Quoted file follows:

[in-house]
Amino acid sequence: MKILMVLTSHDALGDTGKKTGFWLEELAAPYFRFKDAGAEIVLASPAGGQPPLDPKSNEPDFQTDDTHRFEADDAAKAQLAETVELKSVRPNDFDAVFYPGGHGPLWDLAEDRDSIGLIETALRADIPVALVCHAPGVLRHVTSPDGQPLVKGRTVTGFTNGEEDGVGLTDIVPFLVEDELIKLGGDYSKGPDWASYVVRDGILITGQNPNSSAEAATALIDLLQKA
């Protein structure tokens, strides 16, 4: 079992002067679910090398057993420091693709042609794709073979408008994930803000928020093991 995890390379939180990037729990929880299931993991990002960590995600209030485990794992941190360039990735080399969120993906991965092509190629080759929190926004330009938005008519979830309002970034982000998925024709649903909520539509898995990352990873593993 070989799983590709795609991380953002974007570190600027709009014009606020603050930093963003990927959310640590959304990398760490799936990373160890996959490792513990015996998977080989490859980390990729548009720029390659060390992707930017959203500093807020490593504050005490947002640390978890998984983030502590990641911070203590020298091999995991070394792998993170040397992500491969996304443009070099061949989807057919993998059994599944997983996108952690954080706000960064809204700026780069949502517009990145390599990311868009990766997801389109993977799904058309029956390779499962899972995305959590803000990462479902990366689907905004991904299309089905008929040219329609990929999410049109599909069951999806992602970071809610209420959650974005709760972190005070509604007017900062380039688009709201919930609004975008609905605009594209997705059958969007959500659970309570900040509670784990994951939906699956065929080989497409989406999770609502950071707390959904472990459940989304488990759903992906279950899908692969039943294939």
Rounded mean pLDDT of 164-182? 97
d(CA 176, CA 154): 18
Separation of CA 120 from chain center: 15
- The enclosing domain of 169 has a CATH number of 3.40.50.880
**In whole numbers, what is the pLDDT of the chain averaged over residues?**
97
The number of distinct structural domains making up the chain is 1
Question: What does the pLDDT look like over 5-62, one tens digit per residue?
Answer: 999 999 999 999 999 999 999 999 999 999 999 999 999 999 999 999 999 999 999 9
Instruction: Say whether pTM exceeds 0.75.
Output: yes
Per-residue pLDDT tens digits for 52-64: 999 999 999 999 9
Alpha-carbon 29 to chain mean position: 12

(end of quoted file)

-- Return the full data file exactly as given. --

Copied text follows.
[in-house]
Amino acid sequence: MKILMVLTSHDALGDTGKKTGFWLEELAAPYFRFKDAGAEIVLASPAGGQPPLDPKSNEPDFQTDDTHRFEADDAAKAQLAETVELKSVRPNDFDAVFYPGGHGPLWDLAEDRDSIGLIETALRADIPVALVCHAPGVLRHVTSPDGQPLVKGRTVTGFTNGEEDGVGLTDIVPFLVEDELIKLGGDYSKGPDWASYVVRDGILITGQNPNSSAEAATALIDLLQKA
């Protein structure tokens, strides 16, 4: 079992002067679910090398057993420091693709042609794709073979408008994930803000928020093991 995890390379939180990037729990929880299931993991990002960590995600209030485990794992941190360039990735080399969120993906991965092509190629080759929190926004330009938005008519979830309002970034982000998925024709649903909520539509898995990352990873593993 070989799983590709795609991380953002974007570190600027709009014009606020603050930093963003990927959310640590959304990398760490799936990373160890996959490792513990015996998977080989490859980390990729548009720029390659060390992707930017959203500093807020490593504050005490947002640390978890998984983030502590990641911070203590020298091999995991070394792998993170040397992500491969996304443009070099061949989807057919993998059994599944997983996108952690954080706000960064809204700026780069949502517009990145390599990311868009990766997801389109993977799904058309029956390779499962899972995305959590803000990462479902990366689907905004991904299309089905008929040219329609990929999410049109599909069951999806992602970071809610209420959650974005709760972190005070509604007017900062380039688009709201919930609004975008609905605009594209997705059958969007959500659970309570900040509670784990994951939906699956065929080989497409989406999770609502950071707390959904472990459940989304488990759903992906279950899908692969039943294939």
Rounded mean pLDDT of 164-182? 97
d(CA 176, CA 154): 18
Separation of CA 120 from chain center: 15
- The enclosing domain of 169 has a CATH number of 3.40.50.880
**In whole numbers, what is the pLDDT of the chain averaged over residues?**
97
The number of distinct structural domains making up the chain is 1
Question: What does the pLDDT look like over 5-62, one tens digit per residue?
Answer: 999 999 999 999 999 999 999 999 999 999 999 999 999 999 999 999 999 999 999 9
Instruction: Say whether pTM exceeds 0.75.
Output: yes
Per-residue pLDDT tens digits for 52-64: 999 999 999 999 9
Alpha-carbon 29 to chain mean position: 12